By Amy Miller, AFC®
Nationally, October is observed as Financial Planning Month. Investments are often thought of first when the term “financial planning” is used, but it is more than just that – financial planning is looking at the entire picture of your financial situation and future. It is taking a comprehensive look at every aspect of your finances, setting goals, and making plans to reach those goals.
Financial Planning is an ongoing process that many find complicated and intimidating, but it doesn’t have to be. Having a good financial plan can reduce stress and help you feel more confident in your everyday life and when tackling an unexpected financial hurdle.
Below are a few steps you can take this month to plan, take control, set goals, and become more financially fit.
Step 1: Outline Your Current Financial Situation
Assess where you are financially. Start by outlining your current income and expenses including loans/debt (review all loan terms and interest rates), then track your spending and create a budget or spending plan. Tracking your spending for an entire month, rather than just a week, can provide you with the best information. Knowing where you stand can help you change directions and focus on the areas that need the most attention.
Step 2: Organize
It is extremely important to have your personal and financial documents in order and stored in a safe, secure place. As we’ve previously discussed, active-duty service members are 76% more likely than other adults to be victims of identity theft due to the increased possibility that others may have access to their important documents during deployments and TDYs.
Step 3: Check Your Credit Report
Reviewing your credit file from each of ‘The Big Three’ credit reporting agencies (Equifax, Experian & TransUnion) is a critical step in the financial planning process. Knowing your score, what is being reported, and how much credit you have available is a critical piece of your overall financial health. All Americans have the right to request their credit reports for free by visiting AnnualCreditReport.com. You can also read more about understanding your credit report here: Understanding Your Credit Report. According to a study by the Federal Trade Commission, one in five consumers had an error on their credit report. It is important to know how to dispute and correct those errors. Here’s an article that may help.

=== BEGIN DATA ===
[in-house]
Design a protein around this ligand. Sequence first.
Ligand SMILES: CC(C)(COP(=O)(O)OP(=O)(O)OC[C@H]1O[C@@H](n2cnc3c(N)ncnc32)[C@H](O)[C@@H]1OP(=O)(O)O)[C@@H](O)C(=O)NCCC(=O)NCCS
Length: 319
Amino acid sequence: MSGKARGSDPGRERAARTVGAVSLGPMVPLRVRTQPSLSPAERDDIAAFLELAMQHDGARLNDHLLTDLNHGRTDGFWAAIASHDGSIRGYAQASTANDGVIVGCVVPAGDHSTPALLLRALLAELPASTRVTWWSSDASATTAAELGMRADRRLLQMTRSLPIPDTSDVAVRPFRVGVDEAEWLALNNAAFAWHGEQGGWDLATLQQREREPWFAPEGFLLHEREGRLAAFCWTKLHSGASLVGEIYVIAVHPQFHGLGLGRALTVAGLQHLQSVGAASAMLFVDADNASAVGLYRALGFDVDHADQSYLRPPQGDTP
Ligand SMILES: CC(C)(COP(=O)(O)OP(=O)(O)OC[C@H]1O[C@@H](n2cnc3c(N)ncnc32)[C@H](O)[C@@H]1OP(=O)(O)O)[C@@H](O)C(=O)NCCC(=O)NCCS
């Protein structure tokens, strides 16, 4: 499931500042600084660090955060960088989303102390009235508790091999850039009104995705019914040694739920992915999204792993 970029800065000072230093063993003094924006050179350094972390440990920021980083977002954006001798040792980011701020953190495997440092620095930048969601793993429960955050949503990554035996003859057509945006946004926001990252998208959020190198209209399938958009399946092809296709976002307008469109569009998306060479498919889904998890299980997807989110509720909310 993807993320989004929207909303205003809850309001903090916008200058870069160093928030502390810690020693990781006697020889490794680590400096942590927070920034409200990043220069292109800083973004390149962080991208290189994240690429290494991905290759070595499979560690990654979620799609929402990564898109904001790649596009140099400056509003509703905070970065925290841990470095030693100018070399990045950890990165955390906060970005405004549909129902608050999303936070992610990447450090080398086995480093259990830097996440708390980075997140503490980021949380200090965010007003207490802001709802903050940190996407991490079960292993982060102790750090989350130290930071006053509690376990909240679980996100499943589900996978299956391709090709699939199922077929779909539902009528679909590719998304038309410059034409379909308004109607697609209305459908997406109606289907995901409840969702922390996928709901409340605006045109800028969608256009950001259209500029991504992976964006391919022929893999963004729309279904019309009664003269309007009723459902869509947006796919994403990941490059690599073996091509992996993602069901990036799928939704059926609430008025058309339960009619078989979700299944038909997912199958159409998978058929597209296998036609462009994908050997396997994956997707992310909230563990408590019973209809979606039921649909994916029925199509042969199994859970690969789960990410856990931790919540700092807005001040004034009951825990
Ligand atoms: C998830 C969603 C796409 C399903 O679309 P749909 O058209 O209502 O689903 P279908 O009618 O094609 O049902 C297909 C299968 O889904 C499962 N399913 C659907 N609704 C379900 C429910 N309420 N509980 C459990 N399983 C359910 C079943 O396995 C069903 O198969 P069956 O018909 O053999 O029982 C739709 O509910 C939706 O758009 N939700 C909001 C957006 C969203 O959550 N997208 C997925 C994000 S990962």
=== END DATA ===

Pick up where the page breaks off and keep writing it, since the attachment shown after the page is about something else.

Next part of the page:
Step 4: Manage Debt
Not all debt is bad – some, like a mortgage for example, can help you achieve homeownership and build generational wealth. However, high-interest debt can be detrimental to your long-term goals and financial health. Taking control and managing debt is another key component when creating a financial plan.
In general, there are a few strategies that can help when paying down debt. The Snowball Method involves paying the smallest debt off as fast as possible while paying the minimum on all other debt, while the Debt Avalanche method focuses on paying the largest or highest interest rate debt down first. There is also the option of combining all debt into a consolidation loan.